Drive 60 miles east of San Diego out Interstate 8 and you’ll reach Boulevard, a sparsely populated rural community of about 1,750 people. Your view will encompass manzanita trees and granite boulders, but no shopping malls or gleaming high rises. In fact, you won’t see a lot of newer buildings at all, and you won’t be surprised to learn the town’s fire station is a converted court office.
That last part won’t be true for long though. On Thursday, County Board of Supervisors Chairwoman Dianne Jacob joined County officials and community members to break ground on a new $3.5 million fire station, which will serve a 78-square-mile area.
“This is not only a big step for our community, it’s an important step for the broader region,” said Chairwoman Jacob. “This project is the latest demonstration of the County’s commitment to beefing up fire protection and emergency medical response in our rural areas.”
The new 7,866 square-foot station on Ribbonwood Road will feature modern sleeping quarters, a training room, space for up to six emergency vehicles and environment-friendly elements such as solar power.
It will be the 16th rural fire station building project the County has completed since the Board of Supervisors formed the County Fire Authority in 2008.
Before the Fire Authority, many rural communities were served by part-time volunteers who responded from work or home. One of the improvements under the Fire Authority is to make sure communities are covered by firefighters around the clock, all year round.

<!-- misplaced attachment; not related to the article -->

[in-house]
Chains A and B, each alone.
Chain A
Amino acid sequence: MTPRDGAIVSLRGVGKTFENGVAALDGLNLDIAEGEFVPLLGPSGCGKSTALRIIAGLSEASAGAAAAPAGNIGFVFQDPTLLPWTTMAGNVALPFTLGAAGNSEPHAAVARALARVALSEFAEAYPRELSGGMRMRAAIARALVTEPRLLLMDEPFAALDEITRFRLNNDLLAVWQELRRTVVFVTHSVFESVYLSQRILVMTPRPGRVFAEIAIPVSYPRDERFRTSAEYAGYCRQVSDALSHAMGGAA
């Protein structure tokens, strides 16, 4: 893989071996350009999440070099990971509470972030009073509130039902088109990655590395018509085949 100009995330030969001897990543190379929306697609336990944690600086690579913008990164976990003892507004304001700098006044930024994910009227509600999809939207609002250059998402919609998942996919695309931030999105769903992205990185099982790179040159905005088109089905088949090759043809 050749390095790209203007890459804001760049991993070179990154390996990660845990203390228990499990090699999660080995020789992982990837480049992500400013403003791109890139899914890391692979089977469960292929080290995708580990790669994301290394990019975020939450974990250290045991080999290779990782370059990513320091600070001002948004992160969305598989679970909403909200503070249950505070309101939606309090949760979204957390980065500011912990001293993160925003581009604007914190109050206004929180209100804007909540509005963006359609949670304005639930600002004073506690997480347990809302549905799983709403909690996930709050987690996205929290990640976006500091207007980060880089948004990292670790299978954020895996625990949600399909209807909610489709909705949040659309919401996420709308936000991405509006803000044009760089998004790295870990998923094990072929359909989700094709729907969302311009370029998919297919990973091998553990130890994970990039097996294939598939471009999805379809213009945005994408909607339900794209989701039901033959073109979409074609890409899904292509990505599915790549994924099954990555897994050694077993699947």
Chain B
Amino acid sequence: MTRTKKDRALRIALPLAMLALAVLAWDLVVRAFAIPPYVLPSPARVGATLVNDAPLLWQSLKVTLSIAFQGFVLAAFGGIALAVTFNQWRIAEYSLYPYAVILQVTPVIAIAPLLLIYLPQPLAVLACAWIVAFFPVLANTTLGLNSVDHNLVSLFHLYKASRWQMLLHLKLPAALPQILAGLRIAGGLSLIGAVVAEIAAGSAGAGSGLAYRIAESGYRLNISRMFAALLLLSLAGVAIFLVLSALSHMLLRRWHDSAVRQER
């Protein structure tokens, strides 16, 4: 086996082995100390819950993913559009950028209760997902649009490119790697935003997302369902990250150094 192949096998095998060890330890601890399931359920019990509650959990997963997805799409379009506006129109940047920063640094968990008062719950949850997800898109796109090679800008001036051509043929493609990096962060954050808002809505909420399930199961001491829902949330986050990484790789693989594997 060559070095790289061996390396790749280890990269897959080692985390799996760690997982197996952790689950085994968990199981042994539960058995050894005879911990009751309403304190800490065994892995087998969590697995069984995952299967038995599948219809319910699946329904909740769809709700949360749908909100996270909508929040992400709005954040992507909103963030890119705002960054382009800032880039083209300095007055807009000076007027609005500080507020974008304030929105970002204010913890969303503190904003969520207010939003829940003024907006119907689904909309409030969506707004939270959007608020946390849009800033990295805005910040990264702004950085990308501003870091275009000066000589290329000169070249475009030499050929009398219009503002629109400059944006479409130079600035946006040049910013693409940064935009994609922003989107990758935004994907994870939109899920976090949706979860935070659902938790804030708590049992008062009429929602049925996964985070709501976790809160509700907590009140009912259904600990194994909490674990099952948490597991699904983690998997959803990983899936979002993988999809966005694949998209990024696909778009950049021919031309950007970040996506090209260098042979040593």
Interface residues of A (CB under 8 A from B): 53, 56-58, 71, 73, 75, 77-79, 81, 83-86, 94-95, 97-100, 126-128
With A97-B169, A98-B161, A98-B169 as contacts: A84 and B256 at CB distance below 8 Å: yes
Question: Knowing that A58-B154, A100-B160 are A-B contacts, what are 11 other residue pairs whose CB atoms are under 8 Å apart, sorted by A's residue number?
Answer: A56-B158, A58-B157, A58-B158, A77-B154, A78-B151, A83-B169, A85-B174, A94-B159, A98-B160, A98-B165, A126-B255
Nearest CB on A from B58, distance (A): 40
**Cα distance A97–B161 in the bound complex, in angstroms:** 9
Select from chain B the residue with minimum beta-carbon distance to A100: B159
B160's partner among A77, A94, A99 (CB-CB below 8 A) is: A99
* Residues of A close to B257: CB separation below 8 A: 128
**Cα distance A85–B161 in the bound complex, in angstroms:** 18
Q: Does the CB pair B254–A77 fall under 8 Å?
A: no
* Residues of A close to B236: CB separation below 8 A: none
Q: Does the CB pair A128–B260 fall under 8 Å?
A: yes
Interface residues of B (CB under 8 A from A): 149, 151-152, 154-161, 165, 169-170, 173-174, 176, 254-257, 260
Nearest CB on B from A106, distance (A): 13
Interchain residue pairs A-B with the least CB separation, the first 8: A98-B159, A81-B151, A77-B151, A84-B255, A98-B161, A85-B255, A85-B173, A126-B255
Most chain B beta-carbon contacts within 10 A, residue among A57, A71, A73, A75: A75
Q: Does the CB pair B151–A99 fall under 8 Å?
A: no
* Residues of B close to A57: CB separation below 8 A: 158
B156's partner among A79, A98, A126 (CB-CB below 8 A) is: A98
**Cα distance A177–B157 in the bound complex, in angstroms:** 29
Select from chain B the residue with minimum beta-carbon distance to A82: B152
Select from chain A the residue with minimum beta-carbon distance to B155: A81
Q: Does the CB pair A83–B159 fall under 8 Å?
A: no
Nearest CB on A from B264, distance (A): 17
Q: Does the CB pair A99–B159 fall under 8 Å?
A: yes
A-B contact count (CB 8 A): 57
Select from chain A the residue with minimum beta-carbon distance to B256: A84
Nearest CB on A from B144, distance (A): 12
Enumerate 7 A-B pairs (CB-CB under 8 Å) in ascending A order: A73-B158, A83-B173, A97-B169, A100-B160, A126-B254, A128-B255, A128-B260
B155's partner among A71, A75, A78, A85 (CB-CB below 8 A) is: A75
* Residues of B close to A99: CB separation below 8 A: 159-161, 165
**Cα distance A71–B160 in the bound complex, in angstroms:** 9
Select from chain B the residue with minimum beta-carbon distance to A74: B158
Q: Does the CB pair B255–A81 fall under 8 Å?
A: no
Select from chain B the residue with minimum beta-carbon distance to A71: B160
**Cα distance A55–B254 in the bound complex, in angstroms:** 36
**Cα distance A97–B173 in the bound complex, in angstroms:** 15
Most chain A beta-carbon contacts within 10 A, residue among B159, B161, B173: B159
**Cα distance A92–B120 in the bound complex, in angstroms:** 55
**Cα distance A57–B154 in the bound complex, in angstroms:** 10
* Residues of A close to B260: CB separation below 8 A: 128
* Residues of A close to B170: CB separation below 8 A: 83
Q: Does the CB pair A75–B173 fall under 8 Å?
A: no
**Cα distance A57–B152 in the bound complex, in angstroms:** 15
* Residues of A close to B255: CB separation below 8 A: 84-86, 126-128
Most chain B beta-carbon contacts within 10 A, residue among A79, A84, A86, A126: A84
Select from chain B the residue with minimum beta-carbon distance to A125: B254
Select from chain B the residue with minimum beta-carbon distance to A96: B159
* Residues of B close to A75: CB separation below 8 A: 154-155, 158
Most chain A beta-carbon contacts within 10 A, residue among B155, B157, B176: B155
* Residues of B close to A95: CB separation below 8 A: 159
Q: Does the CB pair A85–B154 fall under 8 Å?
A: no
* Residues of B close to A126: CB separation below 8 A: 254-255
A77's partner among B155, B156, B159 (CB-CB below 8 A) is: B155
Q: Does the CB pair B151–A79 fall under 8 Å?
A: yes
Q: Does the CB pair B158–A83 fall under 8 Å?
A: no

But many of the old volunteer fire company stations weren’t designed for people to live or sleep there. So the County’s been busy renovating and building to make the fire stations appropriate for 24-hour shifts.
The new Boulevard station will be constructed to modern standards, with resource-saving features that include low water usage, cool roof technology, and a 20-kilovolt solar array to power the station.
When finished, it will be spacious enough to accommodate two fire companies.
The community of Boulevard is also served by the CAL FIRE station White Star, one of nine CAL FIRE stations the County funds to remain open in the winter to help make sure rural communities have adequate year-round emergency response.
But the state station is coming to the end of its life. After the new Boulevard Station opens, County volunteer firefighters and CAL FIRE firefighters may share the new facility.
The plan would save public funds by saving the cost of constructing and operating two stations to cover the same area.
Under the Fire Authority, the County has a close relationship with CAL FIRE, so locating County volunteers and state firefighters together is a natural fit.
The CAL FIRE San Diego Unit Chief is also the County Fire Authority’s chief. County volunteers receive the same basic training as CAL FIRE career firefighters, and under the Fire Authority, backcountry firefighters are dispatched and overseen by CAL FIRE.
That means CAL FIRE dispatches the closest resource to an emergency, and whether it’s a volunteer or CAL FIRE crew, the public gets a professional, timely response.